The import prices have consequences for the consumer price index: they can be transmitted relatively directly, as is the case with imported energy, or indirectly, through an increase in the costs of intermediate goods used in the domestic production of consumer goods or services. In this article, we seek to identify the degree to which import prices are transmitted to the CPI, how much is due to energy and with what lag period this transmission is observed.
The evolution of import prices
The prices of imported goods have increased dramatically in the last two years. According to data from the Ministry of Economy on import unit value indices, import prices rose by an average of 26% last year (based on the data available up to November) and amassed a cumulative growth of 68% between January 2021 and November 2022. By component, in 2022 as a whole the increases were concentrated in the prices of energy products, which grew by 66%, although the rest of the categories also saw significant price increases: industrial goods, 14%; intermediate goods, 31%; and food, 18%. As shown in the first chart, although the latest data show modest signs of moderation in the prices of energy and intermediate goods, import prices remain very high.
How are import prices transmitted to domestic inflation?
To analyse the impact of the rise in import prices on inflation in Spain, we must take into account the two main channels through which this rise is transmitted. On the one hand is the direct impact of energy prices on the energy component of the CPI which, in light of the latest data, is contributing to the moderation in headline inflation. On the other hand, there is a more indirect impact through the increase in intermediate costs used in the domestic production of consumer goods and services. For 2023, this second channel will likely be the most relevant. To try to estimate its importance, we used advanced statistical techniques that allow us to quantify the impact which shocks in the import prices of both energy and non-energy goods have on the core CPI over time.1
The results indicate that the transmission of shocks in the import prices of non-energy goods to the core CPI is significant, direct – a large and persistent impact is observed in the beginning of the first quarter after the shock. According to our estimates, in the event of a 5-pp shock in the quarter-on-quarter growth of non-energy import prices (similar to that observed in Q2 2022), the rate of change in the core CPI would go up during the first four quarters following the shock, accumulating an increase of 1.7 pps.2
On the energy price side, the transmission of the shocks we observe is somewhat less intense than in the previous case. In addition, the impact occurs with a longer delay, although it does show signs of significant persistence. For instance, according to our estimates, a 20-pp increase in the quarter-on-quarter growth rate of energy import prices (similar to that observed in Q2 2022) would affect the rate of change of the core CPI two quarters later, although its effect would persist for up to five quarters after the shock, generating a cumulative increase in the core CPI in that period of 0.6 pps greater.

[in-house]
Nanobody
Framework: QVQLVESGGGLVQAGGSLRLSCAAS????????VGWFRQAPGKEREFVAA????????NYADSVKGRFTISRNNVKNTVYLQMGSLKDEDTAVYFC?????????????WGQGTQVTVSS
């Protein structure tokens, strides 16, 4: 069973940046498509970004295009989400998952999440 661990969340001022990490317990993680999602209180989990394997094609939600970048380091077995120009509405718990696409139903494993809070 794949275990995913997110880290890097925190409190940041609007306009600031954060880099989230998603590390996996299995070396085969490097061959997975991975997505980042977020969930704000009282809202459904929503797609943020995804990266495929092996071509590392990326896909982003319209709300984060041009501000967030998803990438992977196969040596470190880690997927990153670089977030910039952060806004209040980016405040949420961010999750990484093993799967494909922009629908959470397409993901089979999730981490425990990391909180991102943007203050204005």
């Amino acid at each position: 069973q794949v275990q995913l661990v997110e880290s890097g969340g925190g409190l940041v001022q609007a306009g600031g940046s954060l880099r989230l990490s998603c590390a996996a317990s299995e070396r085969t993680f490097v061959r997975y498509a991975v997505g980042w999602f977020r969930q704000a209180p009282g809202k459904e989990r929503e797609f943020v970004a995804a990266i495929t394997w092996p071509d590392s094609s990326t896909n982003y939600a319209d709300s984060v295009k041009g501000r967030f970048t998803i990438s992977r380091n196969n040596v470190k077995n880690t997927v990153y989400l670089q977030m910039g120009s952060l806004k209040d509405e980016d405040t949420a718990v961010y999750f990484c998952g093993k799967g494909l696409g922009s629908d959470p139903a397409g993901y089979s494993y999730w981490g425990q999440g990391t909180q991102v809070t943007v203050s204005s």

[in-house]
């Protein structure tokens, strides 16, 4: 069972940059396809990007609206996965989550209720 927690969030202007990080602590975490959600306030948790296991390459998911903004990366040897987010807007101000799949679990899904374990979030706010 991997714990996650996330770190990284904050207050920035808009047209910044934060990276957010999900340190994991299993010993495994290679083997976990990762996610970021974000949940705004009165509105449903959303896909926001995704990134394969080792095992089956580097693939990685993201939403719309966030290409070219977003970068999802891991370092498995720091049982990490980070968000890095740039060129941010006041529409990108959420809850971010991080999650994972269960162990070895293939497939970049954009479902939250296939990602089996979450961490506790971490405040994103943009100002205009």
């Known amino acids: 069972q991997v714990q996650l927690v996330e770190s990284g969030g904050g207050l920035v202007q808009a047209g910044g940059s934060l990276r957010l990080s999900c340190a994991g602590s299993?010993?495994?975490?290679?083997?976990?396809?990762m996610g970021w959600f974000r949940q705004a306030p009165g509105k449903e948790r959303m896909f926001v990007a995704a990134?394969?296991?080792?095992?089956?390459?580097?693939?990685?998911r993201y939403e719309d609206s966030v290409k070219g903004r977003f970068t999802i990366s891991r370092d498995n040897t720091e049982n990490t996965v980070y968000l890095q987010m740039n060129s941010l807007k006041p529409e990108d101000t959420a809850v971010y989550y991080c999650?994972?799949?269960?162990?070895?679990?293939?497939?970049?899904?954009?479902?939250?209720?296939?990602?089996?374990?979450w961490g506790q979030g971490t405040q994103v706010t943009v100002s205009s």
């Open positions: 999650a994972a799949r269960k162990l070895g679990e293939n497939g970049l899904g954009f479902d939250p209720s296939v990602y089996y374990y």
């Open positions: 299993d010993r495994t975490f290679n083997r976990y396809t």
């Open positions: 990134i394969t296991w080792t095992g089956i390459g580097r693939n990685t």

- 1. Specifically, we used a vector autoregression (VAR) model, with data from the core CPI, which excludes energy and fresh food, the GDP deflator as an approximation of domestic inflation pressures, and two indicators of import prices: non-energy goods (non-energy IPRIM index) and energy (energy IPRIM index).
- 2. This implies that a quarter-on-quarter increase in non-energy import prices that is 5 pps greater than expected (e.g. growing by 6% instead of an expected rate of 1%) would cause the core CPI to grow over the next four quarters by 1.7 pps more than it would have done in the absence of the shock (e.g. it would grow by 3.7% instead of 2%).
Inflation imported in 2022 and what awaits us in 2023
Thanks to these estimated sensitivities, we can calculate which factors explain the trend observed in core inflation, distinguishing between the contribution of shocks in domestic prices and in import prices.3 This breakdown reveals that, in 2022, 55% of the change in the core CPI was due to shocks in import prices; 30% was due to the impact of non-energy import prices; and 25%, due to energy import prices. This demonstrates the key role that the increase in import prices is playing in the inflationary episode we are currently experiencing.
Thus, we can expect that the indirect effects generated by rising import prices will continue to push inflation upwards this year. As a benchmark, if import prices were to remain stable throughout the year, then the core CPI would grow by just over 5% in 2023 – still a high figure and similar to the 5.2% observed in 2022.4
- 3. The historical breakdown of the VAR measures the contributions of the idiosyncratic shocks in the model’s variables (core CPI, GDP deflator, non-energy IPRIM index, and energy IPRIM index) to the variability of CPI. In the absence of shocks, the model estimates that core CPI grows by 0.4% quarter-on-quarter (1.6% in annualised terms).
- 4. Our forecast for core inflation, taking into account other factors affecting prices, is 5.8%.